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.NET Web Services Security : Page 4

.NET has a lot to offer when it comes to both developing and consuming secure Web services. .NET allows developers to either rely on Windows-based authentication or develop custom authentication mechanisms. Each option has its own tradeoffs and implications on the programming models.

SOAP Headers
SOAP headers allow the client of a Web service to pass additional contextual information to the Web service object, without invoking methods. The client adds the information to the SOAP payload and it is up to the Web service to make use of it. When you implement a .NET Web service, .NET performs all the work involved in processing the headers. You can use SOAP headers to pass caller credentials to a Web service, but if you do so you should use secure channels, because the header information is transported in clear text.

The System.Web.Services.Protocolsnamespace provides support for SOAP headers. To use SOAP headers, you need to derive a class from SoapHeader and add credentials, such as user name and password, as class members. The class members in a SOAP header class must be public and in the form of fields or properties only (see Listing 5). Next, you need to add a member variable to the Web service class of the header type (see AuthHeader in Listing 5). When .NET creates the Web services Description Language (WSDL) associated with the service, the WSDL will contain the appropriate type information about the SOAP header member variable for the use of the clients.

You must decorate any Web method that accesses a SOAP header variable with the SoapHeader attribute, letting .NET know which member variable the method accesses:

[SoapHeader("AuthHeader")] [WebMethod] public int Add(int num1,int num2){...}

.NET will automatically initialize the AuthHeader member with the information provided by the client. All that is left for the Web method to do is to authenticate the caller (using UserManager again) in the sensitive methods. In Listing 5, this is done using the Authenticate() helper method, which simply extracts the credentials from the header member variable.

When a .NET client adds a Web reference to a service that uses SOAP headers, .NET will generate a definition of a client-side SoapHeader derived class, with public variables only (it will convert properties in the original header class). .NET will also add to the wrapper class a matching member variable. The type of that member will be the type of the client-side header class, and the name of the member will be the type name with a Value suffix, for example:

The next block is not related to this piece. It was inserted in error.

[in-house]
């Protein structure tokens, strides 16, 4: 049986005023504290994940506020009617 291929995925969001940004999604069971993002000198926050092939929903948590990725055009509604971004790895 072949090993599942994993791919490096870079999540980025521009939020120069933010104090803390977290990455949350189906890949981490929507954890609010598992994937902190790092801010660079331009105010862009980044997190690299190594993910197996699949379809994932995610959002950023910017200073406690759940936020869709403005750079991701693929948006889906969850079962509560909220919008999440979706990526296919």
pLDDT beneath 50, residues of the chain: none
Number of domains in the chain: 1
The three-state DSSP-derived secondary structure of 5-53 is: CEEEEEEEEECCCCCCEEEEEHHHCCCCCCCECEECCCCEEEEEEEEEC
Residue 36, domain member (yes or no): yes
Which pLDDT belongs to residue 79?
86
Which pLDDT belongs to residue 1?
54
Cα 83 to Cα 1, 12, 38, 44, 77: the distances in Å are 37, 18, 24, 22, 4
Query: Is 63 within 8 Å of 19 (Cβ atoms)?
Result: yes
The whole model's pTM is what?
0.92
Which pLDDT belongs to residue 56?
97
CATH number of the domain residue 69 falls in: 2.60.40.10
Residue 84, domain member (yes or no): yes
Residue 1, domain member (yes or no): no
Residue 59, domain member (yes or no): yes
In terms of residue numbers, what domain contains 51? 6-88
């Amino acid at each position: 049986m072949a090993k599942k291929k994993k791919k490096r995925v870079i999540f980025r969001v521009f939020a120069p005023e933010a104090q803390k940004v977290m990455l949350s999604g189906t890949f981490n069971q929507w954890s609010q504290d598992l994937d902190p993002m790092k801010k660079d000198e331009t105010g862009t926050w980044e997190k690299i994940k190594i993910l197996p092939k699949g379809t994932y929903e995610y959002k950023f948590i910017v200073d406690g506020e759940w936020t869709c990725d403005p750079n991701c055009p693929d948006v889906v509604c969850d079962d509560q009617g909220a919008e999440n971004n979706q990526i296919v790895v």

public class AuthenticationHeader : SoapHeader { public string UserName; public string Password; } public class SecureCalculator : SoapHttpClientProtocol { public AuthenticationHeader AuthenticationHeaderValue; //Method wrappers }

The wrapper class header member variable is set to null by default.

To pass credentials, the client has to initialize the member and call the Web method:

SecureCalculator calc = new SecureCalculator(); calc.AuthenticationHeaderValue = new AuthenticationHeader(); calc.AuthenticationHeaderValue.UserName = "UserName"; calc.AuthenticationHeaderValue.Password = "Password"; calc.Add(2,3);

The headers will be forwarded to the Web service, where it will use them to authenticate the caller. If the credentials are static, the client can also encapsulate initialization of the SOAP header in the wrapper class constructor.

Using SOAP headers in this manner requires that the client provide credentials on every method call. Authentication on the server side can be a time-consuming operation. If one-time authentication is sufficient for your needs, you can optimize for throughput and use a session variable to record the fact that the client has already authenticated itself. Listing 6 shows this technique. When asked to authenticate, the Web service checks the value of the IsAuthenticated property, which encapsulates the session variable. If the caller is already authenticated, no further action is required. If not, the service uses UserManager to authenticate the caller.

Note that the client still must provide the credentials in the SOAP header on every call, but the service uses them only during the first call.

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